Reforming institutional arrangements might have a beneficial effect on a society’s epistemic culture. Implementing new policies might pre-empt some damaging effects of racial or gender prejudice. Nevertheless, institutions can never be constitutive of the epistemic virtues that a free republic requires if its citizens are to be genuinely governed by the rule of law, and not by the arbitrary whims of those in authority. No set of political, legal, or social rules can by itself be sufficient to eliminate the psychological hold of identity prejudice or to rectify the impact of hermeneutical impoverishment. Bohman does not deny this point. “The remedy” for domination of the kind experienced by Tom Robinson and Marge Sherwood is “not just to correct for one’s own epistemic injustices, but to create institutions that would address their structural consequences” (Bohman 2012: 182; my emphasis). Nevertheless, the contributory thesis suggests that his contrast between a republican conception of epistemic injustice and Fricker’s virtue theoretical account risks exaggeration. The republican political tradition is notable for its emphasis on the importance of civic virtues: the police officer must have the character to resist the bribe, the politician should look to the common good and not just the immediate interests of her party, and so on. There is no reason why this existing virtue theoretical component of republicanism should not also incorporate a robust set of progressive social epistemic virtues as essential to the ideal of political non-domination.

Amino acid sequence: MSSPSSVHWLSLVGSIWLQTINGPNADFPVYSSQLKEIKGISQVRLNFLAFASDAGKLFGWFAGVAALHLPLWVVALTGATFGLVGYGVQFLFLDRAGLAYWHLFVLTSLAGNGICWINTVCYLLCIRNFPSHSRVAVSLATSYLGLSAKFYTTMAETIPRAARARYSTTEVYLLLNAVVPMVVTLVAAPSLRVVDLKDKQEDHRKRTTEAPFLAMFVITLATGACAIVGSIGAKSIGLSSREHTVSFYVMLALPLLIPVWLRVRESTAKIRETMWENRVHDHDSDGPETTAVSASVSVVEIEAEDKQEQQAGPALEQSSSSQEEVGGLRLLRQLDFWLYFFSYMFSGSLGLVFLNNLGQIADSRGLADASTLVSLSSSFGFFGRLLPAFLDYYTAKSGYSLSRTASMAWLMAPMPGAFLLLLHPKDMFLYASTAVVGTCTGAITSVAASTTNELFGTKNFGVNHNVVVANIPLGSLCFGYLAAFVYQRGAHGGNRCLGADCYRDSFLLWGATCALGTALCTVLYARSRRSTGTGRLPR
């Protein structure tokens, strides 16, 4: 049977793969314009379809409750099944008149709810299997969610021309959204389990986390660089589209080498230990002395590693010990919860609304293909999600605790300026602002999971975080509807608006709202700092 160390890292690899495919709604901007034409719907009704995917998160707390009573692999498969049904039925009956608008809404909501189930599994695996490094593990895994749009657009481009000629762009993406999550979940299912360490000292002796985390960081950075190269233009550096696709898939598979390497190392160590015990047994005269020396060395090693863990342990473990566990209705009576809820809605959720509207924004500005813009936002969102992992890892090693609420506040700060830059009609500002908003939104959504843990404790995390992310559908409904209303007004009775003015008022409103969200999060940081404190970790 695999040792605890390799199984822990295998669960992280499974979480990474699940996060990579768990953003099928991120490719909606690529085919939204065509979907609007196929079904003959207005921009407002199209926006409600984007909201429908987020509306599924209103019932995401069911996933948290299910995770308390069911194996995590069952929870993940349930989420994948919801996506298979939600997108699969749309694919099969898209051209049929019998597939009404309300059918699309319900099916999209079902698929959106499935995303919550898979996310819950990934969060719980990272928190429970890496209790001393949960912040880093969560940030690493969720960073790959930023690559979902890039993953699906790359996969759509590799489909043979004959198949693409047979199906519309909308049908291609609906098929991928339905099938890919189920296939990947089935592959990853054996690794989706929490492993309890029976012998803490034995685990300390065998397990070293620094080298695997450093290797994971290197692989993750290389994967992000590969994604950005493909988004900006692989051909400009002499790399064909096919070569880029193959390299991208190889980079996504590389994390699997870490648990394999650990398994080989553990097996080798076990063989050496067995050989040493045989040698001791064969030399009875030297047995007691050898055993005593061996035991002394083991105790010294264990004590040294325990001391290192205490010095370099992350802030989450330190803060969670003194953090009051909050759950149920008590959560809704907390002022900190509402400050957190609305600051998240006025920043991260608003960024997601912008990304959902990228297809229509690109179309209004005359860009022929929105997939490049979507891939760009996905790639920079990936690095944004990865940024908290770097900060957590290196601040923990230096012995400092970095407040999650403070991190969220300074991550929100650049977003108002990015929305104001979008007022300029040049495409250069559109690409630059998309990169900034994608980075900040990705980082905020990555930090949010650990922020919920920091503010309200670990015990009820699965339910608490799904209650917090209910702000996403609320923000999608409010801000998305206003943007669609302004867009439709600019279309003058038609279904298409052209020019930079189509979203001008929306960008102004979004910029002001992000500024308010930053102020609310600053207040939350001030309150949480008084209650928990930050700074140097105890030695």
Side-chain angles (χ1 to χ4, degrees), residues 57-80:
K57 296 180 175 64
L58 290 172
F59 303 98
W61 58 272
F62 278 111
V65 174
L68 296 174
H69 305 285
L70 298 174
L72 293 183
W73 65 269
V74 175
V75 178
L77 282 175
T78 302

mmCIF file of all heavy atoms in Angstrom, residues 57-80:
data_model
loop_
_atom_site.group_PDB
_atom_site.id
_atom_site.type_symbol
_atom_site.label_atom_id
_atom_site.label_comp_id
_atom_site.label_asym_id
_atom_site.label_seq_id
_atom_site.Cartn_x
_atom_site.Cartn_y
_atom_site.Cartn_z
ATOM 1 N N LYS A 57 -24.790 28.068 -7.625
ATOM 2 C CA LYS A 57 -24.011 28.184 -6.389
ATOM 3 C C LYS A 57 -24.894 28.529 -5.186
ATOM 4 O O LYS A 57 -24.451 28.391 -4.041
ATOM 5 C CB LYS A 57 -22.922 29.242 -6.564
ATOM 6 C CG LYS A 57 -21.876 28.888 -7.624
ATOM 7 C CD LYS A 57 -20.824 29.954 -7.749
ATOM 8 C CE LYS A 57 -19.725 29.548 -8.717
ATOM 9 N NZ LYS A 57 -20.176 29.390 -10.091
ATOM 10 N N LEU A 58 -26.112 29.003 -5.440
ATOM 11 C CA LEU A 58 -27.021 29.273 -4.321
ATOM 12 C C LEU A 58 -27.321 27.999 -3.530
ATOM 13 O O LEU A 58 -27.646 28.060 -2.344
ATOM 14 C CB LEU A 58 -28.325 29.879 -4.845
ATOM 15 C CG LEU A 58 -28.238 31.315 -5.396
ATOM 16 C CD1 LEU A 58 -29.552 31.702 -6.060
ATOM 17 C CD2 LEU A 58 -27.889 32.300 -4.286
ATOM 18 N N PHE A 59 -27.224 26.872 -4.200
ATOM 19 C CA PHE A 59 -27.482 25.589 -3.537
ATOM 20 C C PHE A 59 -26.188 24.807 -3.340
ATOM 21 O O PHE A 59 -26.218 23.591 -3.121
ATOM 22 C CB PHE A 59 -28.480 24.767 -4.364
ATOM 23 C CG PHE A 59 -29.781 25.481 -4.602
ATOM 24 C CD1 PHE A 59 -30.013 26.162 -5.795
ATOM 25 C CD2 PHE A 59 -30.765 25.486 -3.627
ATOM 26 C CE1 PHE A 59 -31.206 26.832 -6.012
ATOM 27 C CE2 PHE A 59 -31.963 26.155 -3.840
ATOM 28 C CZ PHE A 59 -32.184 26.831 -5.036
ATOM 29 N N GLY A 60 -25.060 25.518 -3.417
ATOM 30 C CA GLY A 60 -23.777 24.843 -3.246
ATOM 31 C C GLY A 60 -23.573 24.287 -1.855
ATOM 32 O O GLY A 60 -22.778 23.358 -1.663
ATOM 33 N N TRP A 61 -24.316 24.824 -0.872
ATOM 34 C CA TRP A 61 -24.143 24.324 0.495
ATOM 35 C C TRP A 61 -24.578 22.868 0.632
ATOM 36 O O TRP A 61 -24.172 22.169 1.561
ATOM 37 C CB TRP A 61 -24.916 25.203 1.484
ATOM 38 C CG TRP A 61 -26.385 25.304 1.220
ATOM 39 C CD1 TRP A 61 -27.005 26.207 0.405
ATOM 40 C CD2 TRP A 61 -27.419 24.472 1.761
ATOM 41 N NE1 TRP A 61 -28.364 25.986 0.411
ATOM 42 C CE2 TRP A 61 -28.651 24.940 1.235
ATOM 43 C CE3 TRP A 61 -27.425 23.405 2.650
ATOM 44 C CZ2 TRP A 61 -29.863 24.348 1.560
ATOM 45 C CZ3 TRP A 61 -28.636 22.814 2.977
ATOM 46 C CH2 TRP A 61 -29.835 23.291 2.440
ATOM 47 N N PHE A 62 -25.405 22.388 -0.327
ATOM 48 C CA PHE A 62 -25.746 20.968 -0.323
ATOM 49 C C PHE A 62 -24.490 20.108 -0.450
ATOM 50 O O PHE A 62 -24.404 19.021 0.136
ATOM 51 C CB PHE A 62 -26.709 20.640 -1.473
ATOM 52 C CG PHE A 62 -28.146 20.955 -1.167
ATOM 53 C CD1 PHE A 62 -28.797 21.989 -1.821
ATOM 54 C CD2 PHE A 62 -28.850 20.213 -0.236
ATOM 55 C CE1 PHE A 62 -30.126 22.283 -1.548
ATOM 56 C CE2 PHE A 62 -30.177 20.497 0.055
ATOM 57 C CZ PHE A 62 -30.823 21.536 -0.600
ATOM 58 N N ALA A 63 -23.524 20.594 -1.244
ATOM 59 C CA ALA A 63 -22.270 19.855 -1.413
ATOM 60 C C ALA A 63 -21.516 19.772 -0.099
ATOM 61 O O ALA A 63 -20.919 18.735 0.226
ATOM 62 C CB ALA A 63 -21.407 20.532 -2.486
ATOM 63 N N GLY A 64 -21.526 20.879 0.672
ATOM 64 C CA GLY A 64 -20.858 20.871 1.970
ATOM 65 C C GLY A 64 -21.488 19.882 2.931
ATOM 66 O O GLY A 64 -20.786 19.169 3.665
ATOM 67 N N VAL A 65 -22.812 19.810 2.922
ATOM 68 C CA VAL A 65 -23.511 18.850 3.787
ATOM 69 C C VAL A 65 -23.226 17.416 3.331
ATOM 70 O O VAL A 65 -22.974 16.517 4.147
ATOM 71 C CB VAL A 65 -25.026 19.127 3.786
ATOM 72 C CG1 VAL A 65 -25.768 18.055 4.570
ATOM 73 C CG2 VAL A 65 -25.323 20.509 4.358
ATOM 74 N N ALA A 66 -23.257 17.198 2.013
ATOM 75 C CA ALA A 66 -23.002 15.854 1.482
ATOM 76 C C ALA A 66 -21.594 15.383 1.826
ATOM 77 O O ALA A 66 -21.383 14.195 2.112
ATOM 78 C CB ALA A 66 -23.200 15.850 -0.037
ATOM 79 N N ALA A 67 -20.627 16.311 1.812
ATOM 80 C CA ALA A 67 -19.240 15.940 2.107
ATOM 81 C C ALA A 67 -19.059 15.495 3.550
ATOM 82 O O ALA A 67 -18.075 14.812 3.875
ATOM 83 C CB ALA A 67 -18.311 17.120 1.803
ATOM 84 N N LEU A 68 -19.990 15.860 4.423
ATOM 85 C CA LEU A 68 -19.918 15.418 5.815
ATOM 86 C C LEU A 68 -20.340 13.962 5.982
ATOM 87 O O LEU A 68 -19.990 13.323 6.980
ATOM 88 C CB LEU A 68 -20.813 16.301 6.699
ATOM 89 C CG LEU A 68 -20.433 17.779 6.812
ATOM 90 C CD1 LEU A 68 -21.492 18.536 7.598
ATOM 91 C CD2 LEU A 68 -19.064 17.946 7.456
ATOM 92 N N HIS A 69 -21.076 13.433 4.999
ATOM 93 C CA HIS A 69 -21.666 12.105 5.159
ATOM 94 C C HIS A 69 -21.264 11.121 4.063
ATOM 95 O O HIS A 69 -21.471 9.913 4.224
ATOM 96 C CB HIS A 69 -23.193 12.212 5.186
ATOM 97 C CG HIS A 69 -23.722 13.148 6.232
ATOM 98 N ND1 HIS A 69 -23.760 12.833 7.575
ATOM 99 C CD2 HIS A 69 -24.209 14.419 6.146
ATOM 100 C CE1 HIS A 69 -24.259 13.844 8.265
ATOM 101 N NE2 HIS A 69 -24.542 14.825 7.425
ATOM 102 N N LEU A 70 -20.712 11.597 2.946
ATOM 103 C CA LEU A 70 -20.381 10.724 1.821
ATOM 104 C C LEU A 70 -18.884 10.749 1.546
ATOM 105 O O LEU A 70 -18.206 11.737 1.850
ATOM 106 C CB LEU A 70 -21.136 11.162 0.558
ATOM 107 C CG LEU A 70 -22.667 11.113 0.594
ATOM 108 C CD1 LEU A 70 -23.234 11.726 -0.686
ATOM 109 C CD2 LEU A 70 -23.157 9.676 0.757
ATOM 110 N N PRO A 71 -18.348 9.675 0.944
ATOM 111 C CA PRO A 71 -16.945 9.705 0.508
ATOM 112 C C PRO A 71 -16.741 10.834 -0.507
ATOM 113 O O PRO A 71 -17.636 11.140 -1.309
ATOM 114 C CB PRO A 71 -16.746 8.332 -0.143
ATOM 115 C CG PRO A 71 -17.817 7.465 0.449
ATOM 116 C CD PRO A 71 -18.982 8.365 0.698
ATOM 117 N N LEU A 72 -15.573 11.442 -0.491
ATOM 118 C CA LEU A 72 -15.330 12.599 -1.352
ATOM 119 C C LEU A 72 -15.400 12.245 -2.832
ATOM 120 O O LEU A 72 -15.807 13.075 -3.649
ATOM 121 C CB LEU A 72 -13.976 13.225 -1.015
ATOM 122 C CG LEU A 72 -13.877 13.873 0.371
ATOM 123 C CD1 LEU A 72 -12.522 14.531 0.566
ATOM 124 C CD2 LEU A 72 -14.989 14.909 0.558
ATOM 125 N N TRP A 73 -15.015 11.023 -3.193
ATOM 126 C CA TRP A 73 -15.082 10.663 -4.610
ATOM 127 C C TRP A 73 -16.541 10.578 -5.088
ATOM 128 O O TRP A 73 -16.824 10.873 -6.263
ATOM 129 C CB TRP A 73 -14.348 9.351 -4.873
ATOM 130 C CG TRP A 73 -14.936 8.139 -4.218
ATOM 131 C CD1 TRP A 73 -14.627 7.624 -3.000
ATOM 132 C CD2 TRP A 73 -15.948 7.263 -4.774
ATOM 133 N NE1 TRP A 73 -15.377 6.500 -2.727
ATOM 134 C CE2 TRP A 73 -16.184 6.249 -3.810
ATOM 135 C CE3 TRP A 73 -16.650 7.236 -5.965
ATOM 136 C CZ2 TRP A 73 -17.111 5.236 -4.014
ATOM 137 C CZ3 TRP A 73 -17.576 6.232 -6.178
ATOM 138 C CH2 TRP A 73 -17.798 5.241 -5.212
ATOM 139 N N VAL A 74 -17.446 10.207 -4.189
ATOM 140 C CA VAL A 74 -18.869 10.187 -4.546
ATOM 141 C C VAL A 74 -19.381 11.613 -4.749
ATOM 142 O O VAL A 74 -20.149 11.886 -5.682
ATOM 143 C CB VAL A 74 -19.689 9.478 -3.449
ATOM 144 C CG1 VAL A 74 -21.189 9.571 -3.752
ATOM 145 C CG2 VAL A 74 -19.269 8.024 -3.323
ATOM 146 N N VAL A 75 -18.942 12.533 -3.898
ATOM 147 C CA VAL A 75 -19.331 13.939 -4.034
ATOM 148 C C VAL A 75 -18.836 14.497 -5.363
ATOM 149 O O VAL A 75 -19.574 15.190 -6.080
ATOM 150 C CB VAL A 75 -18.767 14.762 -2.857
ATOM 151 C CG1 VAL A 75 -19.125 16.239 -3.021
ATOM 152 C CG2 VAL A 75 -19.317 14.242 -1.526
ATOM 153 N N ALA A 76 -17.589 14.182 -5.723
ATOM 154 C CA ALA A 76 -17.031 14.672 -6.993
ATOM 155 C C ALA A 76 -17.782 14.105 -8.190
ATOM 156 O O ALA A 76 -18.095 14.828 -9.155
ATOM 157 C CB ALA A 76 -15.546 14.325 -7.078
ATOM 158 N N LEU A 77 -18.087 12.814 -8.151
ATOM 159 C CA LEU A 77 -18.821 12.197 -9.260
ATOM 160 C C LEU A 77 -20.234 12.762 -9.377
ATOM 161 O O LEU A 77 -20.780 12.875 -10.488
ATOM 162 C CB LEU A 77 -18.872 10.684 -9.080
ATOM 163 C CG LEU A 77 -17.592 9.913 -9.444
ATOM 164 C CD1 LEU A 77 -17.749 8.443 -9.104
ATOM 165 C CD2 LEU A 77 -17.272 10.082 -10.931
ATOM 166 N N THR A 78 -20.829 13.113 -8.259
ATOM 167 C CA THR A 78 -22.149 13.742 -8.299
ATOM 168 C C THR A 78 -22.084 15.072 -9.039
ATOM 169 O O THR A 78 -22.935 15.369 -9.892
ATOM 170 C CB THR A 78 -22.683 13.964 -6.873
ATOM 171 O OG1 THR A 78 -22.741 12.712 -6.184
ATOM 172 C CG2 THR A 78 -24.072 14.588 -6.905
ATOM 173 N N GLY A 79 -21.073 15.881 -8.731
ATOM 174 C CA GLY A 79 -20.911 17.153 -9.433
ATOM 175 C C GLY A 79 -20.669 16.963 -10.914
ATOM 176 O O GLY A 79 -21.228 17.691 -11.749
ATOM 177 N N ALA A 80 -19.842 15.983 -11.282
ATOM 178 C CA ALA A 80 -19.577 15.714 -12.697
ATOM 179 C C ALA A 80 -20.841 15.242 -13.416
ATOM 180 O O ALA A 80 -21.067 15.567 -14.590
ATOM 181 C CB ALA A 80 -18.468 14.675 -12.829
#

Bohman, James. 2004. Republican cosmopolitanism. Journal of Political Philosophy 12 (3): 336-52.

Bohman, James. 2012. Domination, epistemic injustice and republican epistemology. Social Epistemology 26 (2): 175-87.

Fricker, Miranda. 2007. Epistemic injustice: power and the ethics of knowing. Oxford: Oxford University Press.

Maitra, Ishani. 2010. The nature of epistemic injustice. Philosophical Books 51: 195-211.

Pettit, Philip. 1997. Republicanism: a theory of freedom and government. Oxford: Oxford University Press.

Richardson, Henry. 2002. Democratic autonomy. Oxford: Oxford University Press.

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2 replies

  1. To add another example of the epistemic dimension of domination, Robert Gooding-Williams’ recent NYT op ed on the Trayvon Martin case and the fugitive slave law provides a valuable illustration of how social (specifically legal) norms can (in effect) confer unequal rights over what is to be taken as or presumed true within some context. He concludes that “Florida’s Stand Your Ground law threatens to render some citizens subject to the arbitrary wills of others”:


  1. James Bohman. In defense of republican epistemology: Reply to May « Social Epistemology Review and Reply Collective